Enlightened self interest and the healthcare debate

In a Twitter discussion recently (@gregcampnc), I was presented the right-wing position on healthcare: I take care of myself, and you should do the same. I owe you nothing. One participant told me that he would prefer to die if he developed cancer, rather than have the government help him survive the disease. Another insisted that health savings accounts would be enough to deal with chronic illnesses, though she expressed her contempt for everyone with such conditions, since, in her view, they are responsible for their sufferings.

Not so long ago, this would have sounded like Ayn Rand fan fiction. But in the era of Trump, colossal selfishness has been made an official virtue, and old notions of social responsibility are no longer held in common.

Addressing that lack of empathy is a subject for another time. Even if we cannot convince someone to care about others, we should be able to agree that if selfishness is one’s core philosophy, it is best to be intelligently selfish. We have to check our beliefs against reality now and then, and the consequences of our favored policy choices have to be taken into account.

Take worker productivity as one illustration of this. Workers with chronic health conditions result in lost time or reduced efficiency, and while it would be easy to say that workers ought to manage their weight and blood pressure, doing so without the advice of medical professionals is not so simple. It is true to say that many illnesses are the result of bad choices, but many are not, and the costs in any case will be paid by society.

Even if we were somehow able to revise human nature to such an extent that no one ever smoked or ate too many cheeseburgers, diseases will still happen. No one, for example, expected the Spanish influenza, but the result was millions of deaths, and that epidemic appears to have contributed to the recession that we experienced following World War I. The presence of many infectious diseases is the result of human agriculture, so in the merciless philosophy of the right wing, we are to blame, though that same agriculture allows the population numbers that we currently have. But until we are willing to return to the lives of hunter-gatherers, we are going to be subject to a variety of viruses that can be treated by modern medicine, and guaranteeing access to such treatment reduces the cost to society of lots of sick people who cannot work, while retaining the ability to spread the illness.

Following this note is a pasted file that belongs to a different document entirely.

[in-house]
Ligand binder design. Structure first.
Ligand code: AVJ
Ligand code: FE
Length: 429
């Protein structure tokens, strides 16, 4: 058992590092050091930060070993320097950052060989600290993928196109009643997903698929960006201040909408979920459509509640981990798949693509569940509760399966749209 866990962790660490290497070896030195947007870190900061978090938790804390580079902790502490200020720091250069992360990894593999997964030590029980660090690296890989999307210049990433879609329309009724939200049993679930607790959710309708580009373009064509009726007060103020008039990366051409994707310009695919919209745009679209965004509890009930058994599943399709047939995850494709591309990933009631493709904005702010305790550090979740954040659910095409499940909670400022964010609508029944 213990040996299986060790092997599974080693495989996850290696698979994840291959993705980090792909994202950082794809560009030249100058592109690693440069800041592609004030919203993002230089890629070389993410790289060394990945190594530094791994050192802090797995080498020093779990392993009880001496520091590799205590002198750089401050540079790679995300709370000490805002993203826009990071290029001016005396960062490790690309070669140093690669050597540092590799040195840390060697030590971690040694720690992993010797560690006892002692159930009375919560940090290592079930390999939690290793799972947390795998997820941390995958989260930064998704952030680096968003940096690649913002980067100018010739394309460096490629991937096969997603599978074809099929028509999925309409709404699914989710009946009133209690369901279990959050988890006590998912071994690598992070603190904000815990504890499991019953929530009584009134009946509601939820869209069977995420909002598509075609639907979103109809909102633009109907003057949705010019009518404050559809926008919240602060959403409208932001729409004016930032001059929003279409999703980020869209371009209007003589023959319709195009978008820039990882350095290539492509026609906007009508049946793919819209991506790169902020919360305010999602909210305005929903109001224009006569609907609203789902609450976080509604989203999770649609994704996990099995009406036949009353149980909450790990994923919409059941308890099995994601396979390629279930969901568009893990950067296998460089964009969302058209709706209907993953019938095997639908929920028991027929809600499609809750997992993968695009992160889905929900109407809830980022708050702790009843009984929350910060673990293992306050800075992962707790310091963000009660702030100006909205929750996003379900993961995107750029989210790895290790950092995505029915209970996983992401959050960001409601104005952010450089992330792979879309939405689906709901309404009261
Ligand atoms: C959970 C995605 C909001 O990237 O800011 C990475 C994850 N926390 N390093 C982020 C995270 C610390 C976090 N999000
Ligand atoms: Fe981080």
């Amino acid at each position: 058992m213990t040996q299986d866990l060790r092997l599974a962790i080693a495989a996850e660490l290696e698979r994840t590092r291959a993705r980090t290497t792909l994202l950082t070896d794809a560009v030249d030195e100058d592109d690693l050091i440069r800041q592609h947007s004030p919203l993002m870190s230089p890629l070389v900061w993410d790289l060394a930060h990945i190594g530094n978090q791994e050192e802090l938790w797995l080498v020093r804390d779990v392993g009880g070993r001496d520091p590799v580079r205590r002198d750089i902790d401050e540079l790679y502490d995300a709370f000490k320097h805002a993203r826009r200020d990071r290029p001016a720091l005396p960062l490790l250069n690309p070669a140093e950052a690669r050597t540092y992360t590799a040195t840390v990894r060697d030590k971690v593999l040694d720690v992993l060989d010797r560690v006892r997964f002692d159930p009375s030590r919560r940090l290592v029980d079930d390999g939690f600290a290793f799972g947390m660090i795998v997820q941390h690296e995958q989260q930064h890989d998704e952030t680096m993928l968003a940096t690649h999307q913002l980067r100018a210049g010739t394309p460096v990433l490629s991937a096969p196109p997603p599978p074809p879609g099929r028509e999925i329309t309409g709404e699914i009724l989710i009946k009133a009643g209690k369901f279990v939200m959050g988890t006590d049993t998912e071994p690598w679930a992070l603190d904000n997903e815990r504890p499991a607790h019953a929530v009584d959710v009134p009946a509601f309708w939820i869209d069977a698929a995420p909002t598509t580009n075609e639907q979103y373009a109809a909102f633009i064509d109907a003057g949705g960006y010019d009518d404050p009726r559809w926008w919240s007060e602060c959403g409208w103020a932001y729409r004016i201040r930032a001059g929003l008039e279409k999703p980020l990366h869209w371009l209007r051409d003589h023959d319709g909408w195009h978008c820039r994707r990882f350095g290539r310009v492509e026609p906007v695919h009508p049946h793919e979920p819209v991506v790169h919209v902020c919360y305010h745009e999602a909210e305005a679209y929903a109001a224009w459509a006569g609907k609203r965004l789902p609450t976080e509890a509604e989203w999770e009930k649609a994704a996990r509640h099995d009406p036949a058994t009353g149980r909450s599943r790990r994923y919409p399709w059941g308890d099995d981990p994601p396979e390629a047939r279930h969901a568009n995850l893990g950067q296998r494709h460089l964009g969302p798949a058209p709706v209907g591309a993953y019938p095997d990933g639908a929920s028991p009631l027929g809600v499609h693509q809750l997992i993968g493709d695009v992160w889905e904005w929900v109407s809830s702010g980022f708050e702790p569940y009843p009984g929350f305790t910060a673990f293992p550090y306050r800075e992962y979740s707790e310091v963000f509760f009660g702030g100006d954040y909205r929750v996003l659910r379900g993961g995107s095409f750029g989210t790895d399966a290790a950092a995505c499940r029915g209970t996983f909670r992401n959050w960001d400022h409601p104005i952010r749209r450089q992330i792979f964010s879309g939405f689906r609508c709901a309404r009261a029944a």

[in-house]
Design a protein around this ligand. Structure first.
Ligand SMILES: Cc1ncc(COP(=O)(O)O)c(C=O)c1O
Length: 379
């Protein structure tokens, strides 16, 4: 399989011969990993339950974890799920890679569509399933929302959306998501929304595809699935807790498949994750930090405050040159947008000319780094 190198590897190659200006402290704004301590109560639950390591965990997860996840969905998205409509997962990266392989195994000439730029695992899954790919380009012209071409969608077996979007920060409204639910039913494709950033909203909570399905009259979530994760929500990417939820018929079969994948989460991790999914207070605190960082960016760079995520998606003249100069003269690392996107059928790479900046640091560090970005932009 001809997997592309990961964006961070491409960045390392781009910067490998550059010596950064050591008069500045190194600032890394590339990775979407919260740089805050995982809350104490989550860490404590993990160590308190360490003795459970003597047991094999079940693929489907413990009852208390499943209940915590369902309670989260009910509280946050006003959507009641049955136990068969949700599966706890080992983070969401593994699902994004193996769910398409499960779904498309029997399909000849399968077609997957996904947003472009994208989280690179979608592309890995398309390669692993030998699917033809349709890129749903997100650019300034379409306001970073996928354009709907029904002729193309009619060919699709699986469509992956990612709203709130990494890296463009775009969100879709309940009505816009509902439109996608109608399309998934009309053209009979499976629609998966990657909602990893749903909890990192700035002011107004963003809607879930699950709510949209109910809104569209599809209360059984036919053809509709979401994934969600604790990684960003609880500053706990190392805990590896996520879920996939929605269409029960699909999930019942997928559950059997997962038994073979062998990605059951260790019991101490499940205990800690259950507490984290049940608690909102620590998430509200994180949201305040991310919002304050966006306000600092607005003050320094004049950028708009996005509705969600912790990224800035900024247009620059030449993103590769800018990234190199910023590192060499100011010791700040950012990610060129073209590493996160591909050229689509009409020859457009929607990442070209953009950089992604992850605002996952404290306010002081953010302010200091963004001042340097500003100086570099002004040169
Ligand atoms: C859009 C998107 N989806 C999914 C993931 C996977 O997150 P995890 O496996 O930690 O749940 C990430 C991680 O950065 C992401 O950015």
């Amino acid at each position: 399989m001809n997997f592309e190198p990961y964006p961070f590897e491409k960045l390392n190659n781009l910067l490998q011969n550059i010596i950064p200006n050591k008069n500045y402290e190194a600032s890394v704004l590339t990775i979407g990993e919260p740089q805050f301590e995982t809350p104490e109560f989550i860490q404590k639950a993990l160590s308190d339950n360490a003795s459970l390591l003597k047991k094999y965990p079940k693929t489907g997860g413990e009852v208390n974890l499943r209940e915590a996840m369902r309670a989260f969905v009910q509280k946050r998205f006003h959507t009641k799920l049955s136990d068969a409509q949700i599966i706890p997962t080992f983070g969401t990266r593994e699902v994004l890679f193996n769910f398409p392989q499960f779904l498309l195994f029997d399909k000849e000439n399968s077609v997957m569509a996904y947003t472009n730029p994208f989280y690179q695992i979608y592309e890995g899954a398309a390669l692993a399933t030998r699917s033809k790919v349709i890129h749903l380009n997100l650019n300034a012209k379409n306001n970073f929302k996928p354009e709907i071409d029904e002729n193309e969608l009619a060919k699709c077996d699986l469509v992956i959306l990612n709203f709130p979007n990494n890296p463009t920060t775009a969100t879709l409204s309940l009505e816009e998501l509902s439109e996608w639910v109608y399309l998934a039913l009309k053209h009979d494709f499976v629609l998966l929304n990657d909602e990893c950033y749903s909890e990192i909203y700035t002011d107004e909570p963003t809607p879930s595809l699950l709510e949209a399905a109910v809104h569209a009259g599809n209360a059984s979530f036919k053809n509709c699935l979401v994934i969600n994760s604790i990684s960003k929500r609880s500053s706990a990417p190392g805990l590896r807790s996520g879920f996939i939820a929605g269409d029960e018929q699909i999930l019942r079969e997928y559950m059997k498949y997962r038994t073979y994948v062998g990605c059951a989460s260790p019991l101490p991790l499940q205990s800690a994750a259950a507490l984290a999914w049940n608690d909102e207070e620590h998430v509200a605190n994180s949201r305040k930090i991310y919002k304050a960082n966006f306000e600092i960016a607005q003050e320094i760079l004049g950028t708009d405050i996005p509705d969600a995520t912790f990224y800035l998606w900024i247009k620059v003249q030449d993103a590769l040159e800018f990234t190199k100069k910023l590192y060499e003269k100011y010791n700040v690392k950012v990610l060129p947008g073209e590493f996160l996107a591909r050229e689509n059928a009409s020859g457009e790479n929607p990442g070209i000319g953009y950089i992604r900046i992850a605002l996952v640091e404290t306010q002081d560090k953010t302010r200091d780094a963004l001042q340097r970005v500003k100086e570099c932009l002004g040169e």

Assuming that we accept the benefit of productive workers and of restrained infections, what is the best way to achieve those goals? A comparison among the healthcare costs per capita in developed nations gives us a good direction for policy. It is true to say that many Americans make bad choices that affect our health, things are not quite so simple. In the United States, 33.70% of the population is obese, but Canada comes in at 28.00%, the U.K. at 28.10%, and Australia at 28.60%. Smoking prevalence shows similar results, since 19.5% of Americans smoke, while in Canada, 17.7% do, and the U.K (19.9) and Australia (16.7) are again close to our figures.

The differences in these totals are not enough to account for the fact that we spend over twice as much in this country as those three others. I am repeatedly told that while we spend a lot more, our outcomes are better, but once again, this is false. The reality is that no system is perfect, but that does not excuse our failures.

The reality is that we pay for prevention, pay for treatment, or pay for losses in productivity. If we set self-interest as the highest value, an enlightened understanding of that, even without any acceptance of social responsibility, directs us to a universal healthcare system.

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